Size: 5 x 50 Robusto
Today we take a look at Hot Cocoa by Cigar Federation.
Normally, I do not review limited production cigars. Frustrates the shit out of readers if they can’t get their hands on them. Currently, the cigars are still available on Cigar Federation. But I get the same emails you get, and this blend pops up in redux version often throughout the year; so, if you can’t get some now, wait…
I’ve had the cigars resting naked in my humidor for nearly 2 months.
From Cigar Federation:
“I won’t tell you all the mountains we had to climb, and the oceans we had to cross to get this tobacco. BUT…no matter the cost…it was worth it to get these chocolatey bombs!
“Hot Cocoa is the first maduro we’ve ever had as a Factory Direct Boutique!
“…And it is chocolatey as a MUTHA!
“We were originally given this cigar by the owner of one of the best boutique factories in the biz. (Award-winning in fact!)
He asked us to smoke one with him so we could give him our expert opinion. As we clipped the cap and lit it up, he told us that this was his “Hot Cocoa” blend.
“Right outta the gate, the chocolate flavors knocked our socks off! We had to get some of these pronto!
“Hot Cocoa is a medium strength 5×50 flavor bomb! Flavors are (of course) chocolate, cedar, cream, coffee, and nuts. Some leather in there’s too.
“We are doing our darndest to get some more of these but for now…we only have less than 300 of these chocolate bombs! Gobble these up and hoard them!”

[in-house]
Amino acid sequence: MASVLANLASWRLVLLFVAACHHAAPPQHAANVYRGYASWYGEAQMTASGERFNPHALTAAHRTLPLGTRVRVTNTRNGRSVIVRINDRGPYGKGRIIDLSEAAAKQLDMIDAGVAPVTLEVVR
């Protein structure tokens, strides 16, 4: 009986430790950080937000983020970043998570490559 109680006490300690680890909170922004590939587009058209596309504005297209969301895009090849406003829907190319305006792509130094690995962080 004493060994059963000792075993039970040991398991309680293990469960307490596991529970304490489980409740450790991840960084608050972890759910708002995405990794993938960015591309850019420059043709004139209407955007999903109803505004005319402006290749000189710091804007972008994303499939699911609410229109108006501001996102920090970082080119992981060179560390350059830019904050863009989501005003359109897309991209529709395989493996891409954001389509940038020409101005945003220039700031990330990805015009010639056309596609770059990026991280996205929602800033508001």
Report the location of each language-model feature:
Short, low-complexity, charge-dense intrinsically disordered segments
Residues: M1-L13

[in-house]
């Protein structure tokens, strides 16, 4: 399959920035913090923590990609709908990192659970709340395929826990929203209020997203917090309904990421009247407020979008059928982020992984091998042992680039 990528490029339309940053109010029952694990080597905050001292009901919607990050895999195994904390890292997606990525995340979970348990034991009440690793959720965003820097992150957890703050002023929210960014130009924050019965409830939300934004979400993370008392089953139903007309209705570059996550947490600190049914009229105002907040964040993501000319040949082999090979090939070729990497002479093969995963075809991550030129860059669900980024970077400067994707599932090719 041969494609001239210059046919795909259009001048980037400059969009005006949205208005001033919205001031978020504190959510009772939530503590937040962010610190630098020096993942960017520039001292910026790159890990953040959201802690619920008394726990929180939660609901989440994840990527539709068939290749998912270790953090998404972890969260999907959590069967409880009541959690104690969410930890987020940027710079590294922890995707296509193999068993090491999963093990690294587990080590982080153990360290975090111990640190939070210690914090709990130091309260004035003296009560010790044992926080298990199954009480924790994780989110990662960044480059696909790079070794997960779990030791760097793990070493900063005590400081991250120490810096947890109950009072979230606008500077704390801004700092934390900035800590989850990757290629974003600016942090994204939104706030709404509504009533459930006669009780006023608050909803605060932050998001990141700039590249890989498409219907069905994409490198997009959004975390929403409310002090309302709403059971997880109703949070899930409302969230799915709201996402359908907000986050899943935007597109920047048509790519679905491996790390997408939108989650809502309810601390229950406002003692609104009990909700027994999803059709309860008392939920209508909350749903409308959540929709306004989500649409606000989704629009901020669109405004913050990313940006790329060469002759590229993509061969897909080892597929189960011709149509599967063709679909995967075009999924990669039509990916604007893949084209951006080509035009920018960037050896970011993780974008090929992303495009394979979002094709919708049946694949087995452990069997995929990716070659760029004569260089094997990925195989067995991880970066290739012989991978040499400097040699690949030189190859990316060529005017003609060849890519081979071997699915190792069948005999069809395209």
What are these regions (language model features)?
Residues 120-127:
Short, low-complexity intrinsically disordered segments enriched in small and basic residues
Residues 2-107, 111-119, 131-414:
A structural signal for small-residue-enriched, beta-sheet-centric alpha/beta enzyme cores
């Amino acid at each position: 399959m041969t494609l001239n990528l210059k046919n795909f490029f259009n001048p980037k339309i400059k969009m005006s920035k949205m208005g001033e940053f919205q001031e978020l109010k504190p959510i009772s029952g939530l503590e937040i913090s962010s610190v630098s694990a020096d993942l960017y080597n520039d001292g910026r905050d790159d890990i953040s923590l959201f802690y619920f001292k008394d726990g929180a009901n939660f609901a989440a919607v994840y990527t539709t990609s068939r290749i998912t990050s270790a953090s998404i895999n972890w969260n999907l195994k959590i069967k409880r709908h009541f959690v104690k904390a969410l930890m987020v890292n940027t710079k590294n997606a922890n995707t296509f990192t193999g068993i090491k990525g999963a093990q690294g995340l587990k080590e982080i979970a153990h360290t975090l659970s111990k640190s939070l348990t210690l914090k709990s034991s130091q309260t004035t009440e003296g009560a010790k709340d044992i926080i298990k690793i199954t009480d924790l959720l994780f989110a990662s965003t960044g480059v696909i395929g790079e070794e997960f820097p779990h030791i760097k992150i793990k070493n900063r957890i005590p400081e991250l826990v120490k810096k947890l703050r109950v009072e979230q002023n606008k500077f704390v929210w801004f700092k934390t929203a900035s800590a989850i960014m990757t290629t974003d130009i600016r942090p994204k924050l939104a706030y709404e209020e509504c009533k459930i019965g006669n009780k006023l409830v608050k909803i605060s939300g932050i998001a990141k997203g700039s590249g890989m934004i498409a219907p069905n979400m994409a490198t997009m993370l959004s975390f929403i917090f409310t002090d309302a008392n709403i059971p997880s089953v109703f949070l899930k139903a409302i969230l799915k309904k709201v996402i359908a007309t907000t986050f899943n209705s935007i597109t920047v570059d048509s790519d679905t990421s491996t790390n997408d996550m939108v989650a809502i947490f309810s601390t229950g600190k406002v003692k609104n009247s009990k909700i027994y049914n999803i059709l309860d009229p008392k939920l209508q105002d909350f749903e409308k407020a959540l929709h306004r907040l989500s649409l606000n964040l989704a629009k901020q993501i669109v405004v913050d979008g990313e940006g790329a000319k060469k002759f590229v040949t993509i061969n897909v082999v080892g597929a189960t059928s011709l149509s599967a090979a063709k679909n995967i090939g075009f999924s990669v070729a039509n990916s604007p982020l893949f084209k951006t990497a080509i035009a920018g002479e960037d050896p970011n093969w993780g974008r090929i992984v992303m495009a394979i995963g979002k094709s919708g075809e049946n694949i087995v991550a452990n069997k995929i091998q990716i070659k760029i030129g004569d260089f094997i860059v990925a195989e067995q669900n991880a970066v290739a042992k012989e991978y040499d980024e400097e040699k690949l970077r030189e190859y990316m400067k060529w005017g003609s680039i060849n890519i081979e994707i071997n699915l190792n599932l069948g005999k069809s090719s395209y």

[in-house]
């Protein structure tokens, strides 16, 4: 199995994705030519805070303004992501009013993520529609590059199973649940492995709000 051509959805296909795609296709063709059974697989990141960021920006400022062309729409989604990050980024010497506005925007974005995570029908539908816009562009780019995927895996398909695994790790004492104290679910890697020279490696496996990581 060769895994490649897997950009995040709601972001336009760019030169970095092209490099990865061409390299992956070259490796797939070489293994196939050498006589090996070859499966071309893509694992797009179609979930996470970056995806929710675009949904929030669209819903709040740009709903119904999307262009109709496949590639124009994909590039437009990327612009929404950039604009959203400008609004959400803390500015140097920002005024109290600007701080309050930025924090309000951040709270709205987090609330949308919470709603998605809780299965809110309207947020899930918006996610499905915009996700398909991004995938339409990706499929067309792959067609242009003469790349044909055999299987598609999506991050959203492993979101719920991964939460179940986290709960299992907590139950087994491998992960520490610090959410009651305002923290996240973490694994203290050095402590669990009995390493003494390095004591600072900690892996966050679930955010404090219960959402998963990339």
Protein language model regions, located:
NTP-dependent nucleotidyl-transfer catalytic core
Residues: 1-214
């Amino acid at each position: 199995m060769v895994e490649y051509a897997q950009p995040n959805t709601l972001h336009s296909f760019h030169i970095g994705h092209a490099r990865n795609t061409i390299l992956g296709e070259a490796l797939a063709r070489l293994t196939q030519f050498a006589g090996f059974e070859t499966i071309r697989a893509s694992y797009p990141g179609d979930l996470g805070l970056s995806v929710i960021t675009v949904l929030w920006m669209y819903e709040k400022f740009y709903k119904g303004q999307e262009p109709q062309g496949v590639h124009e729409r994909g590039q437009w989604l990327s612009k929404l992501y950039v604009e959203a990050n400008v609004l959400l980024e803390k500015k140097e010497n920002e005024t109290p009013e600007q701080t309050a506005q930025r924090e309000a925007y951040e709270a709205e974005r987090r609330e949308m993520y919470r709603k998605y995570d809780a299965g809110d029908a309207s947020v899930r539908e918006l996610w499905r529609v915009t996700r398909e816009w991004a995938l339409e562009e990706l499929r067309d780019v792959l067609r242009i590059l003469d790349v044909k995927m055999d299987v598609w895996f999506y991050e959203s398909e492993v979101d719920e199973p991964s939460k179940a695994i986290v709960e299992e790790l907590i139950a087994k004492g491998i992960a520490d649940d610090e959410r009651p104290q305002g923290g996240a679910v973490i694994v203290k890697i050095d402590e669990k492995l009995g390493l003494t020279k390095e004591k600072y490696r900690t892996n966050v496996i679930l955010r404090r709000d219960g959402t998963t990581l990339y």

An oily, mottled mix of cocoa brown and espresso black, the stick is toothy with a nicely applied triple cap. The cigar has no soft or hard spots. Seams are visible but tight. The absence of a cigar band does not hurt the look of the cigar
SMELL THE GLOVE:
Yes, we have the namesake of the cigar present and accounted for…dark chocolate. Followed by black pepper, café au lait, cedar, barnyard, malt, and a bit nutty.
The cold draw presents flavors of dark cocoa, espresso, malt, creaminess, nutty, cedar, black pepper, and cumin.
The construction seems to be spot on. The draw is clear, so I won’t need my PerfecDraw draw adjustment tool.
Black pepper gives me a jolt on the first puffs. Creamy chocolate follows suit. A nice maltiness is present. And the cigar shows promise with a touch of complexity diving in headfirst.
The chocolate flavor escalates with each stab.
Strength is medium.
No transitions yet but the finish is all candy bar.
The burn behaves.